Each network resource, such as a shared file volume or a terminal emulation service, has a unique StreetTalk name within the network. Users access resources by name and do not need to know the physical location of the resource. If a resource is moved or replaced by another, the user can still locate it by name.
VINES workstation software consists of the following major components:
Drivers provide users with network access and communication through LAN cards and serial ports. Resident programs support basic services such as file sharing, printer sharing, and network message notification. VINES client applications communicate with VINES services. VINES client applications support access to services such as StreetTalk Directory Assistance and management of the individual user's network computing environment. They also support a full range of features to manage users and network resources. Tools for developing third-party applications. Some VINES applications include resident programs whose features are accessible by third-party applications through a VINES software interrupt.
VINES provides a standard management interface at the server console and the workstation to administer equipment and human resources anywhere on the network. VINES also includes diagnostic programs to identify hardware problems at the server or workstation, and network management software to monitor and evaluate the performance of server software.
StreetTalk controls the naming of resources, and distribution and maintenance of names to servers throughout the network. There is no central naming server whose absence would limit the network's ability to function. You can relocate or replace resources without direct impact on the user.
VINES security is configurable. Security restrictions can range from extremely strict to nearly nonexistent, depending on the requirements of a particular site or resource within a site. For example, access to one set of network files can be granted to all users, while a second set of files is accessible to only one user. Similarly, you can prevent one or more users from dialing in to the network, yet allow other users that privilege. You can also control the exchange of information between interconnected remote servers.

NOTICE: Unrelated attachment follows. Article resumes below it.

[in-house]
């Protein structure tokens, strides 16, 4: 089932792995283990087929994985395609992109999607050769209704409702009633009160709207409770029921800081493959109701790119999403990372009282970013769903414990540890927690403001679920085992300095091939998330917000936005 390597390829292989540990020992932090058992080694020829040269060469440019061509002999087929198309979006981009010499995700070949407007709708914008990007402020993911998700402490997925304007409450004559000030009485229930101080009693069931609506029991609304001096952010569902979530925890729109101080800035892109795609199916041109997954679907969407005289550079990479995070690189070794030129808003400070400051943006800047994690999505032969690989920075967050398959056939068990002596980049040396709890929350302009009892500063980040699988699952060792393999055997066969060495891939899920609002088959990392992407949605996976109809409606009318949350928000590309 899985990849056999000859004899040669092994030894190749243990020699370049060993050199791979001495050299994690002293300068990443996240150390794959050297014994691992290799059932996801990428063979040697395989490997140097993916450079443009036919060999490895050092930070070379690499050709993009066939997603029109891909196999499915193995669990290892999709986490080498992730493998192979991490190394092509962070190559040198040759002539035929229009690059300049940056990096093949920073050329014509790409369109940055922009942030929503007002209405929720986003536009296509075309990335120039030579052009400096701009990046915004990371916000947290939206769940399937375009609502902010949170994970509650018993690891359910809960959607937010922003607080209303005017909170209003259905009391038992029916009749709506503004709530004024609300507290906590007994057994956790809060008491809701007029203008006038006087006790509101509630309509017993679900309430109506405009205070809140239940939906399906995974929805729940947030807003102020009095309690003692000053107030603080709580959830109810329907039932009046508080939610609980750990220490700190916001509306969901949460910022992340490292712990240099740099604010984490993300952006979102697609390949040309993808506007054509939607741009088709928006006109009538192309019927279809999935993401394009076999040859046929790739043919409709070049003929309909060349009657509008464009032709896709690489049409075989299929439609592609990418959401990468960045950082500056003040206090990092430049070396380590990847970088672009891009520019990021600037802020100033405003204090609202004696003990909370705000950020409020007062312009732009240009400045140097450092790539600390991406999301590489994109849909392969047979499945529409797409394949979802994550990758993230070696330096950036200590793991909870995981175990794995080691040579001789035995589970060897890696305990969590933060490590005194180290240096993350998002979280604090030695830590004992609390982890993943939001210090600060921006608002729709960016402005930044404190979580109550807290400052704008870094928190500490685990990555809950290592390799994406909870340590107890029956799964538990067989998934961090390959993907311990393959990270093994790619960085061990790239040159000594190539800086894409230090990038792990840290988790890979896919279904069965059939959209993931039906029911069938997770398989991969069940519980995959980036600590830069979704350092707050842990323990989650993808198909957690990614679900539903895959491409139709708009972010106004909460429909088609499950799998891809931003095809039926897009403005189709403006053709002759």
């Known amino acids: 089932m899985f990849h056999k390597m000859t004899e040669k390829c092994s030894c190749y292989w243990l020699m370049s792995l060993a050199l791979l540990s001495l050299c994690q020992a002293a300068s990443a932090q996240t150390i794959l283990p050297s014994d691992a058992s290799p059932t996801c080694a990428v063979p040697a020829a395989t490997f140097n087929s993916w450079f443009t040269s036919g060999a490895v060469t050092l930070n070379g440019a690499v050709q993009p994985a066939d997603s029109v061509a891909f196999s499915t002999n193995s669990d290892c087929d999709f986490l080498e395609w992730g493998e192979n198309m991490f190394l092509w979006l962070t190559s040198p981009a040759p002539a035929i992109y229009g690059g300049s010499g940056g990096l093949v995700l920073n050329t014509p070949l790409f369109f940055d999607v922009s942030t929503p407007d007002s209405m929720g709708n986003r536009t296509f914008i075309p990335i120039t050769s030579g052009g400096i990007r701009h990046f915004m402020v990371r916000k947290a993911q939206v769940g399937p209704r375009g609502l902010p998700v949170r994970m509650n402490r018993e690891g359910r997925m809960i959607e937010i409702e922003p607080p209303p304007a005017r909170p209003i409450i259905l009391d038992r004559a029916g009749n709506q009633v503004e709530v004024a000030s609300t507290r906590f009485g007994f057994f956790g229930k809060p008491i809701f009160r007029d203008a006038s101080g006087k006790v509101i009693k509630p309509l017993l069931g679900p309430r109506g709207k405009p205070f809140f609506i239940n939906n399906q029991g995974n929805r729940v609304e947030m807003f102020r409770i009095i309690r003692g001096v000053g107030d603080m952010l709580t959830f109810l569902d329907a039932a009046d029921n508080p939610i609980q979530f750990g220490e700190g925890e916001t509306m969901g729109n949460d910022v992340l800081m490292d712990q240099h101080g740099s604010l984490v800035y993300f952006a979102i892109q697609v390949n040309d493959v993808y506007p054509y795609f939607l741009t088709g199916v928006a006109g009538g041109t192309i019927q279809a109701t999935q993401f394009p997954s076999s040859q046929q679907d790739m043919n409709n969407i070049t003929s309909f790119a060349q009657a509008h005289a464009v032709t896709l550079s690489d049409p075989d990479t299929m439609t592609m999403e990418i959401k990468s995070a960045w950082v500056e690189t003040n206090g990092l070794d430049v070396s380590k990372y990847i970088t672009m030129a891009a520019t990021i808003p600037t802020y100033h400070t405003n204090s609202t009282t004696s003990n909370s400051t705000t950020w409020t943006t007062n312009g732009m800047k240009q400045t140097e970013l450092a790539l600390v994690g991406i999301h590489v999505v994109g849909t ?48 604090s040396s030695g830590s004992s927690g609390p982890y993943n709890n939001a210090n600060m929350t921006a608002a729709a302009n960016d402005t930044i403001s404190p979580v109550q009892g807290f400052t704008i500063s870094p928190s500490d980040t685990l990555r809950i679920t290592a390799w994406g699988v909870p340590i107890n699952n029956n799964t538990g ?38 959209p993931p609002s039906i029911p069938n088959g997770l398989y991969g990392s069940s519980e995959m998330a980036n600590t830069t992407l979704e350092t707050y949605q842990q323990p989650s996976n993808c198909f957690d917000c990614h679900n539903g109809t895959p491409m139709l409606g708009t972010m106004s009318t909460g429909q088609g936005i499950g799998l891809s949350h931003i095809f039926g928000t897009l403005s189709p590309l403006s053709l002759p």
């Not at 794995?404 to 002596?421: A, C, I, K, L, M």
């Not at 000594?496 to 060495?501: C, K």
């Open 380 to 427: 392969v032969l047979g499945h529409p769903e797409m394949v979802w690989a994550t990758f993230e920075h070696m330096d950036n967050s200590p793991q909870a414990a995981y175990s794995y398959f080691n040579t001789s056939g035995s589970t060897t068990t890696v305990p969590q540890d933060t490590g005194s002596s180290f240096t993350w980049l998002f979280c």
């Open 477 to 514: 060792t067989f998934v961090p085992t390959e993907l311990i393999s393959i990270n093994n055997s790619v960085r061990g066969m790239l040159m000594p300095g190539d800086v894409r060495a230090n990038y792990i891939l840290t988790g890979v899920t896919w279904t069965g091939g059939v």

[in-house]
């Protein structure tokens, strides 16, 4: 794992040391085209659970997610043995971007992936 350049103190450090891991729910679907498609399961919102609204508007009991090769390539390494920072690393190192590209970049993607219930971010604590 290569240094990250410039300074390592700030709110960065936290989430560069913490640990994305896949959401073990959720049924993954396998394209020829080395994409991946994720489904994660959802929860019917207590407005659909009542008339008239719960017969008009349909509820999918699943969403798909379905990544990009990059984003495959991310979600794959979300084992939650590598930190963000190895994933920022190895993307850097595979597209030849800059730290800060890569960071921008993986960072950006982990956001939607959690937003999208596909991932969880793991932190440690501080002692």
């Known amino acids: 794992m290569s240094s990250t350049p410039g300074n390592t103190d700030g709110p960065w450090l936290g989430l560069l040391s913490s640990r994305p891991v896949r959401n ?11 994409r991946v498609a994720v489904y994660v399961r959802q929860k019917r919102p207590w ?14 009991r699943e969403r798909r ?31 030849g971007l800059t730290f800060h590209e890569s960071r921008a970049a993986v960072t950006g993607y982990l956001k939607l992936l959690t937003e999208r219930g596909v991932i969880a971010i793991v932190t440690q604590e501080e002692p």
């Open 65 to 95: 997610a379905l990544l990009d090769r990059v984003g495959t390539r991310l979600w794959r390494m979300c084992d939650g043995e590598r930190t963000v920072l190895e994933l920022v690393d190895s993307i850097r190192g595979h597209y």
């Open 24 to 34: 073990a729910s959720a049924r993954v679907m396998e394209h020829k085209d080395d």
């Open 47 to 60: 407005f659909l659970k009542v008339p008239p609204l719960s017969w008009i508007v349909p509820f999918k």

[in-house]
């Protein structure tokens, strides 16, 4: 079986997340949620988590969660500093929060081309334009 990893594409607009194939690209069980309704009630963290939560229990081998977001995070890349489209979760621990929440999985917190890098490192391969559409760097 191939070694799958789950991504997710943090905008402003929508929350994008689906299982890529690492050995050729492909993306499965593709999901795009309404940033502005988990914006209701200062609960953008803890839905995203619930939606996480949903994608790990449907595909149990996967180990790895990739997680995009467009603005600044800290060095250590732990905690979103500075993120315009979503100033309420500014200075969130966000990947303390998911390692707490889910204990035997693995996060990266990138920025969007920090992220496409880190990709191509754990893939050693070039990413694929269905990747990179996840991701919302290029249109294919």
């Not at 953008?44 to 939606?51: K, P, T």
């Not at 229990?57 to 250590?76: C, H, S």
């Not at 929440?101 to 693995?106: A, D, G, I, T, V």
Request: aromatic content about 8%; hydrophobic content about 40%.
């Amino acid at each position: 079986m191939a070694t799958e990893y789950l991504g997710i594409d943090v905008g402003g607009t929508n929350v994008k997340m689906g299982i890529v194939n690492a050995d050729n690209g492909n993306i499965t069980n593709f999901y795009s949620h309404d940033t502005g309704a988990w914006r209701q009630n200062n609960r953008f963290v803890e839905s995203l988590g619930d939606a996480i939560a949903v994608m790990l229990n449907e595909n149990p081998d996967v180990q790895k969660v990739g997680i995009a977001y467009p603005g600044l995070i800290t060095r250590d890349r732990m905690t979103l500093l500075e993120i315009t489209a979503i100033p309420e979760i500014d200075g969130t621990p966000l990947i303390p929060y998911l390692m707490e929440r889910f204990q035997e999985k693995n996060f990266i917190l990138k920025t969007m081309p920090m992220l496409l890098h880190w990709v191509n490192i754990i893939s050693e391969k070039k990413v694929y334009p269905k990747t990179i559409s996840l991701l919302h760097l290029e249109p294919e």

No super user or global administrator can override system security. Instead, distributed StreetTalk lists throughout the network control who can administer individual servers or groups of users and resources. You use StreetTalk lists to distribute or centralize network management according to site-specific needs.
VINES servers are not inherently limited or dedicated to meet specific connectivity needs. You freely decide what combination of communications and other functions each server provides, based on physical location, security, load balancing, and other concerns.
For example, one server can provide printer and file sharing as well as communications between workstations, servers, mainframes, and minicomputers at both local and remote sites. Alternatively, that same server can be dedicated to a particular function, such as printer sharing, if that scheme provides a more balanced workload within the context of your entire network.
VINES Hardware Support
A VINES server can be a computer manufactured by any of several vendors. VINES currently spans computer architectures that include EISA, ISA, and Micro Channel buses.
Typically, a server connects to workstations on a LAN and to other servers by a LAN, WAN, or both. Supported LAN topologies includes IBM Token-Ring and PC Network, Ethernet, StarLANTM, ProNET, ARCNET, and many others.
WAN support includes standard serial communications protocols, such as X.25 and HDLC, in addition to VINES protocols. Gateway connectivity includes the IBM SNA and BSC environments, and computers that support asynchronous terminals. VINES supports the Banyan ICA serial communications adapter and several industry standard serial communications interface cards, using dial lines, leased lines, and direct lines.
Internally, the server supports shared disks for storing programs and data. All servers support a tape drive for backup and restore, either internally as standard equipment or as an external option. Parallel or serial printers attached to the server or network workstation can be shared by all network users.
A typical workstation on a VINES network is a 386-based machine or Macintosh computer. A compatible LAN card must be installed in each workstation. Workstations can also dial in to the network.